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  1. #1
    SitePoint Addict skunkbad's Avatar
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    jQuery - calling function from other script

    I've got two scripts that are loaded from external files. The first script needs to call a function from the other, but I don't know how to make it happen. Right now I just get an error that the function doesn't exist.

    Code JavaScript:
    // This script actually loads from an external file
    $(document).ready(function(){
    	$('button').click(function(){
    		whatever();
    	});
    });
     
    // This script loads from another external file
    $(document).ready(function(){
    	function whatever(){
    		alert('yes');
    	}
    })
    ;

    How can I do what I am trying to do?

  2. #2
    SitePoint Enthusiast Anthony.Barnes's Avatar
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    The 'whatever' function is inside a different scope. In JavaScript a function defines the scope of the code it contains, so if you want to share it you need to define it in a location that your other code can see.

    You also don't need to define functions inside the document ready function, you could just define outside of the ready() callback. Eg,
    Code JavaScript:
    $(document).ready(function(){
        $('button').click(function(){
            whatever();
        });
    });
     
    // This script loads from another external file
    function whatever()
    {
         alert('yes');
    }
    $(document).ready(function(){
        // run something else
    });

    I think in your example by defining it inside the callback of .ready() you'd have a chicken and egg thing going, you could never be sure the function would be defined when you actually want to use it, so try defining your functions first outside of .ready().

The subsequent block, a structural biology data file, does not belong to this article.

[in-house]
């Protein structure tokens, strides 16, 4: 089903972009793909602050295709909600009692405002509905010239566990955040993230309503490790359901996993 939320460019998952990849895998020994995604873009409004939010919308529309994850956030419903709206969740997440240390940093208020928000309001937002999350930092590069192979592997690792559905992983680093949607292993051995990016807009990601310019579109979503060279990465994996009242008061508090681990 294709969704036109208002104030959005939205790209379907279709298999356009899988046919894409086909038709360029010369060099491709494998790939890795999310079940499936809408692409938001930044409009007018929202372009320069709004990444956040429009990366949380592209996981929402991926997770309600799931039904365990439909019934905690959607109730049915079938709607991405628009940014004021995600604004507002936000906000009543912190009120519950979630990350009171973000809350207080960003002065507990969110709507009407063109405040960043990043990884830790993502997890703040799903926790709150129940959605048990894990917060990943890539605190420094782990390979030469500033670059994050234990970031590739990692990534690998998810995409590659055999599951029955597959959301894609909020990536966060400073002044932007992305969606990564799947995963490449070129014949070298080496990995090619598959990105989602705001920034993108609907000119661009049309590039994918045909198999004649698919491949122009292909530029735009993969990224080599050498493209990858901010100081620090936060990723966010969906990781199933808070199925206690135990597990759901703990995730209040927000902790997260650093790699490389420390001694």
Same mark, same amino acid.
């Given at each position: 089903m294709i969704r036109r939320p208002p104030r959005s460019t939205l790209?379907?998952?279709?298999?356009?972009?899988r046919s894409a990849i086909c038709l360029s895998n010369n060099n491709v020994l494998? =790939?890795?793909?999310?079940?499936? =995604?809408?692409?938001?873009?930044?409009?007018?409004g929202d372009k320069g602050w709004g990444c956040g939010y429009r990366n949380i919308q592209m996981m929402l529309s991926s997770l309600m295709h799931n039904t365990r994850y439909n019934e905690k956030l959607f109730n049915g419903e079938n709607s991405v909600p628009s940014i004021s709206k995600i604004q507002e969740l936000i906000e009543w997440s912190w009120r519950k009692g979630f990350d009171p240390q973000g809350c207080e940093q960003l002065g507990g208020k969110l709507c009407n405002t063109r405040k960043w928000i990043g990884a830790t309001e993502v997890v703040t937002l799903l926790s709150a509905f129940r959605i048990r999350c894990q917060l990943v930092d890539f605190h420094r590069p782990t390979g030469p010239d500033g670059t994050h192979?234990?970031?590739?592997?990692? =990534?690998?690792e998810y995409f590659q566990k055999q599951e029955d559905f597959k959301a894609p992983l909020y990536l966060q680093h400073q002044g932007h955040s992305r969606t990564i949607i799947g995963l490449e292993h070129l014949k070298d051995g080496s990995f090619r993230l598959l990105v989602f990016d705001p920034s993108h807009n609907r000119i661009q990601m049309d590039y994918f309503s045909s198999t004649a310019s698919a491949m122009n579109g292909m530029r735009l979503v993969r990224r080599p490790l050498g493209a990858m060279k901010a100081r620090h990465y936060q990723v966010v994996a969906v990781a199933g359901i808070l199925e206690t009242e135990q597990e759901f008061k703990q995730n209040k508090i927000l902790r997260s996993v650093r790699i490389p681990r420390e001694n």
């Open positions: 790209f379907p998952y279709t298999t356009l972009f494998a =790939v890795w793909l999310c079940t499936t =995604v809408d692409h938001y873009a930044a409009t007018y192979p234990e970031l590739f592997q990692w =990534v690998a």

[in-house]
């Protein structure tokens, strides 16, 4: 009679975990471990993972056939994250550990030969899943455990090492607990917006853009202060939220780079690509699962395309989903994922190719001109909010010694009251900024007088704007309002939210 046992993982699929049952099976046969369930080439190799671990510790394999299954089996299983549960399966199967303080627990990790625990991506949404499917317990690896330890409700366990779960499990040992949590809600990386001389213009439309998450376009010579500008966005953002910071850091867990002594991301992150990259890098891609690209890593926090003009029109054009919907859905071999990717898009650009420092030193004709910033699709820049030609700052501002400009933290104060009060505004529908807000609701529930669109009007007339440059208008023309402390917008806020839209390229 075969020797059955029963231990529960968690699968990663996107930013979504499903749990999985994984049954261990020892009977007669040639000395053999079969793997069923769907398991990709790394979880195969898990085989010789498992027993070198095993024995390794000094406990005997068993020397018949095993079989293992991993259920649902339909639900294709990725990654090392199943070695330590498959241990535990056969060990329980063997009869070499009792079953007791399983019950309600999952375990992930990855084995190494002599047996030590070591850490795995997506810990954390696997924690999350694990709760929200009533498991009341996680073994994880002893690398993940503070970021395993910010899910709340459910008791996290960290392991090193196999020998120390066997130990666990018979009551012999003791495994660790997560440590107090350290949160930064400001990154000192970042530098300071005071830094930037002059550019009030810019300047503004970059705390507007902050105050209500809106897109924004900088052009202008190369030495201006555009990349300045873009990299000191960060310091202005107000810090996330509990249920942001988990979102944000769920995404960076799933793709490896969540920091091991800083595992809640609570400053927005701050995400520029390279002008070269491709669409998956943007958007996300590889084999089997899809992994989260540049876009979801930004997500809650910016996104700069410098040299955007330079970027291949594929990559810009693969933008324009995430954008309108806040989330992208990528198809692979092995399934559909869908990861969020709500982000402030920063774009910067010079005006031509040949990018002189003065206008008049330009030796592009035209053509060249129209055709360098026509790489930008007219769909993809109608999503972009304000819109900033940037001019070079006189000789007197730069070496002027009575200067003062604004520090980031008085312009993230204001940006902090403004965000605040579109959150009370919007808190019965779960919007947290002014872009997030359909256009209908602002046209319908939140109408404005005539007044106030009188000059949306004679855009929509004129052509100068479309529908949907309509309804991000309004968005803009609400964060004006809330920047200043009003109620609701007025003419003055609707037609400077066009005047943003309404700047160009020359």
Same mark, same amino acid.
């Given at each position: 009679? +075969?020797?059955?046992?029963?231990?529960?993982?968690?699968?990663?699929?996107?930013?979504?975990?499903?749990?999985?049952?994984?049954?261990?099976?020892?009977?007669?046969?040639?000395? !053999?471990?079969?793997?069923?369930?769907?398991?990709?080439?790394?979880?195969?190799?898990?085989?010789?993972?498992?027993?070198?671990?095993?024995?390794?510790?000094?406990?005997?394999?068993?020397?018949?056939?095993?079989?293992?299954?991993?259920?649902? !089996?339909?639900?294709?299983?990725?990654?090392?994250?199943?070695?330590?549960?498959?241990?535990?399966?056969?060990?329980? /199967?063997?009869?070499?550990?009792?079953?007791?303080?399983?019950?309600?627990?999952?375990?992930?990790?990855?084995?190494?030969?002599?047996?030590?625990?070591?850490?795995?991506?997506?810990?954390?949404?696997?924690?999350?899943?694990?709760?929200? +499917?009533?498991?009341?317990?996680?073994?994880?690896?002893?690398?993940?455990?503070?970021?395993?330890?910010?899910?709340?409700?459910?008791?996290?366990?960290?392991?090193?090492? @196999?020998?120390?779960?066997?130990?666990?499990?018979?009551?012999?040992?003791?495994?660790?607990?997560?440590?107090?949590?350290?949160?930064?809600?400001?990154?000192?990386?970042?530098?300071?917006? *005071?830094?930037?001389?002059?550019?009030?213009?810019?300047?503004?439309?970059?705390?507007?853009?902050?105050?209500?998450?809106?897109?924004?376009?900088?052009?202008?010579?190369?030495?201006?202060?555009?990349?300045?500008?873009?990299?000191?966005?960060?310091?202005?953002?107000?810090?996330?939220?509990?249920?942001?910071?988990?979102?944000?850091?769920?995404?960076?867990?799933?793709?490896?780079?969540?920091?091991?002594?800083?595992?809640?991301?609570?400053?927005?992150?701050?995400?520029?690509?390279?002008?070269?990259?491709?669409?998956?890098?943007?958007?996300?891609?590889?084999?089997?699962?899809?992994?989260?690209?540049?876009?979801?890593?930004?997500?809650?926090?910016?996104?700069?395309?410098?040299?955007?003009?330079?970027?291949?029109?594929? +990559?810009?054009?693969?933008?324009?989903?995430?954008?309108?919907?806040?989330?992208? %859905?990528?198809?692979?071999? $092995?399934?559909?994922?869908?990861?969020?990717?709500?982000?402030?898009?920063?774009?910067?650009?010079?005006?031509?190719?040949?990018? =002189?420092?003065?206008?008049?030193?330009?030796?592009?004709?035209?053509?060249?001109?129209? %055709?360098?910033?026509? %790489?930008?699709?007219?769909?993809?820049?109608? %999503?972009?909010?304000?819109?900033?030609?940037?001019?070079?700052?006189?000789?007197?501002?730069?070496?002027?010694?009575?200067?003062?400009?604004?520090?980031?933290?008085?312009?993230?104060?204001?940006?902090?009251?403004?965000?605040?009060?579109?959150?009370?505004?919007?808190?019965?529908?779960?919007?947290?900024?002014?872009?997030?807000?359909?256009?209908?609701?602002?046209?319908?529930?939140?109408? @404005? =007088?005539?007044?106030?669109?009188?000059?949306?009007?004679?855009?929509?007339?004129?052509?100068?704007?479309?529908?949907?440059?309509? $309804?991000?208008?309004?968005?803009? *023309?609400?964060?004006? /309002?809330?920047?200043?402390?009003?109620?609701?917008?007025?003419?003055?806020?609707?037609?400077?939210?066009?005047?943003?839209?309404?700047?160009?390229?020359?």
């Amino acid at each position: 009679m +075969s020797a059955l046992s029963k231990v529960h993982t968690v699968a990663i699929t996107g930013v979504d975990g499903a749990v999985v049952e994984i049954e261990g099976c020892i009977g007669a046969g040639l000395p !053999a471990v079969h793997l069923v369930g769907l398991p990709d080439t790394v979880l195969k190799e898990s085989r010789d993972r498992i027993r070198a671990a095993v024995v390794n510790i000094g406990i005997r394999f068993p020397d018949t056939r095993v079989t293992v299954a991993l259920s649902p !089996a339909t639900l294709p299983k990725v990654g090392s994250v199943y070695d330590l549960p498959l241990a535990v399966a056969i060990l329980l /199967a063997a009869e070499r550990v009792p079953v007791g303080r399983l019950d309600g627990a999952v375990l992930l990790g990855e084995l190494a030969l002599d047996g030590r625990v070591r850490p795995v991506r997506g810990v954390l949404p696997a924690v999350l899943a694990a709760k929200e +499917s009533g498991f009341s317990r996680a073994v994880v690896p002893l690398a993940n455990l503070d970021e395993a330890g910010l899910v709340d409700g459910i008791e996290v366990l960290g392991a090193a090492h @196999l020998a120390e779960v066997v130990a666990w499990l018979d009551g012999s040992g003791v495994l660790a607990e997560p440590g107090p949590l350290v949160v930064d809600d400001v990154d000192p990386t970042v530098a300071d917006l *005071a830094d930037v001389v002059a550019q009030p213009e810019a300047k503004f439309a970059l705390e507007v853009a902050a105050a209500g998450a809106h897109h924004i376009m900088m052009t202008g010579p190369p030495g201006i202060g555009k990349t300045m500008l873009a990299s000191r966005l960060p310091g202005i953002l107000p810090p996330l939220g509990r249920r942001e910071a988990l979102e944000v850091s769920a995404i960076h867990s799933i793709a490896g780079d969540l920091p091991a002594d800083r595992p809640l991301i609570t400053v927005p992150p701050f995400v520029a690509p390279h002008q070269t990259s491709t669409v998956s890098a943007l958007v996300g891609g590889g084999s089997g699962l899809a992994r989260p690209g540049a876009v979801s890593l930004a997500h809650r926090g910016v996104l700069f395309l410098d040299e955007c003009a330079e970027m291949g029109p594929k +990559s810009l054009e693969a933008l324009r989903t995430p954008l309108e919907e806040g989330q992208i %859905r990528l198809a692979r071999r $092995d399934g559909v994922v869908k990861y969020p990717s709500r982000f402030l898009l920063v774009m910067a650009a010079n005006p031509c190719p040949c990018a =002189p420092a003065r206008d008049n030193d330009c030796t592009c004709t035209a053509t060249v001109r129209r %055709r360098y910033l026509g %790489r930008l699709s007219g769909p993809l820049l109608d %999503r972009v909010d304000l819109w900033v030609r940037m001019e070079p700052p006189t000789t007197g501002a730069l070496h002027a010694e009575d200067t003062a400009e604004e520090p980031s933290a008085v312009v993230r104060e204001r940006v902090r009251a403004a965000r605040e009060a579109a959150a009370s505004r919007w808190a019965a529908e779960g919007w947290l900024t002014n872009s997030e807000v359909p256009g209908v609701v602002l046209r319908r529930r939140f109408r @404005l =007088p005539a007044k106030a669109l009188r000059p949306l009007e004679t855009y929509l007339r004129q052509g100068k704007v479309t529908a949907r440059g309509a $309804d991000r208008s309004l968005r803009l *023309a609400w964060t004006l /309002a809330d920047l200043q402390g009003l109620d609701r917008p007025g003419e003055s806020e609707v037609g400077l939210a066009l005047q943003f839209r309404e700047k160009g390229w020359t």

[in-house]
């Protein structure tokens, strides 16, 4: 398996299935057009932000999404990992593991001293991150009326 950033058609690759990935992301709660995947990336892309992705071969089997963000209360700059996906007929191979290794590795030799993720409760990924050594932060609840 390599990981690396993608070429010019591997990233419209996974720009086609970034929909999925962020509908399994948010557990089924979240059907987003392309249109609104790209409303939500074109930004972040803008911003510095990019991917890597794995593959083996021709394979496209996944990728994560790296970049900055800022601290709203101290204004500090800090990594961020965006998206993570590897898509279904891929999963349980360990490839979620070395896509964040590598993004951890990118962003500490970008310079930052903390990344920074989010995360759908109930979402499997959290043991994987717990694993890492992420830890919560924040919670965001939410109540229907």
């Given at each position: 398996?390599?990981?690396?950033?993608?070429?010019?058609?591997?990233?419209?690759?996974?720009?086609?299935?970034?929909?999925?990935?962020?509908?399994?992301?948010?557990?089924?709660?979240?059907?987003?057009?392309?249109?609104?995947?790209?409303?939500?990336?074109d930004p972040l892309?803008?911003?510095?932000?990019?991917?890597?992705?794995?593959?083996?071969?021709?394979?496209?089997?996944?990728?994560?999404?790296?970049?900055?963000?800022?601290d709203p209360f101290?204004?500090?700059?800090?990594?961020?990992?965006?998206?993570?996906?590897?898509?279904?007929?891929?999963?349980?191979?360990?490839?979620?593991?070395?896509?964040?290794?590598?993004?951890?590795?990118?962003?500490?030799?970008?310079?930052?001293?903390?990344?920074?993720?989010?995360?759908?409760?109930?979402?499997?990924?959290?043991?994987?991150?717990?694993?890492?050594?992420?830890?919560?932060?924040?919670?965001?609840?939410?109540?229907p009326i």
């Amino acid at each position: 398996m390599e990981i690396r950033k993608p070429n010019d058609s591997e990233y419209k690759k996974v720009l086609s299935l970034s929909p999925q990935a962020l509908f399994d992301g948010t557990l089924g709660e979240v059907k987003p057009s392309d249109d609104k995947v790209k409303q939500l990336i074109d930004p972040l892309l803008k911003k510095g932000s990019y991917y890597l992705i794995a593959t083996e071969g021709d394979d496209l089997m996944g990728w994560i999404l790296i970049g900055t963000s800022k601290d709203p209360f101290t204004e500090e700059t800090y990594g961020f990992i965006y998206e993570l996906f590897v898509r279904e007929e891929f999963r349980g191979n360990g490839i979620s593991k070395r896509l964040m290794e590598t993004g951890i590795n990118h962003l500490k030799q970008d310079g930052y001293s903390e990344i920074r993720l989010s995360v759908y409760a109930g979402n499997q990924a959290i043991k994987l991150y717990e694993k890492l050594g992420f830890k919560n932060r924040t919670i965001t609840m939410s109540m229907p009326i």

Last edited by Anthony.Barnes; Aug 18, 2011 at 19:25. Reason: Removed previous examples, bad idea...

  3. #3
    SitePoint Addict skunkbad's Avatar
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    Thanks for answering. I ended up doing this:

    Code JavaScript:
    // This script actually loads from an external file
    $(document).ready(function(){
    	$('button').click(function(){
    		$.whatever();
    	});
    });
     
    // This script loads from another external file
    $(document).ready(function(){
    	$.whatever = function(){
    		alert('yes');
    	}
    });

    It works, but I think your solution that places the function outside of document ready function may be best.

  4. #4
    SitePoint Wizard bronze trophy chris.upjohn's Avatar
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    Personally i prefer using namespace objects inside an anonymous function then declare all the properties and methods inside of it, so instead of extending off the object half way through the code you declare it once and then add it to the window scope.

    Code JavaScript:
    (function($) {
     
        var namespace;
     
        namespace = {
            something : function() {
                alert('hello there!');
            },
            bodyInfo : function() {
                alert($('body').attr('id'));
            }
        };
     
        window.ns = namespace;
     
    })(this.jQuery);
     
    $(function() {
        ns.something();
        ns.bodyInfo();
    });

    Also using 2 DOM.ready() methods is redundant, you only ever need one for the page unless you have multiple sets of code that need to be independent of each other.

  5. #5
    SitePoint Addict skunkbad's Avatar
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    Quote Originally Posted by SgtLegend View Post
    Personally i prefer using namespace objects inside an anonymous function then declare all the properties and methods inside of it, so instead of extending off the object half way through the code you declare it once and then add it to the window scope.

    ...

    Also using 2 DOM.ready() methods is redundant, you only ever need one for the page unless you have multiple sets of code that need to be independent of each other.
    Yes, the 2 DOM.ready() methods are from external scripts that are independent. I was just showing them here because that's the way they would be if combined.

    Thanks for the example, although I had to stare at it for a few minutes to figure out how it was working.


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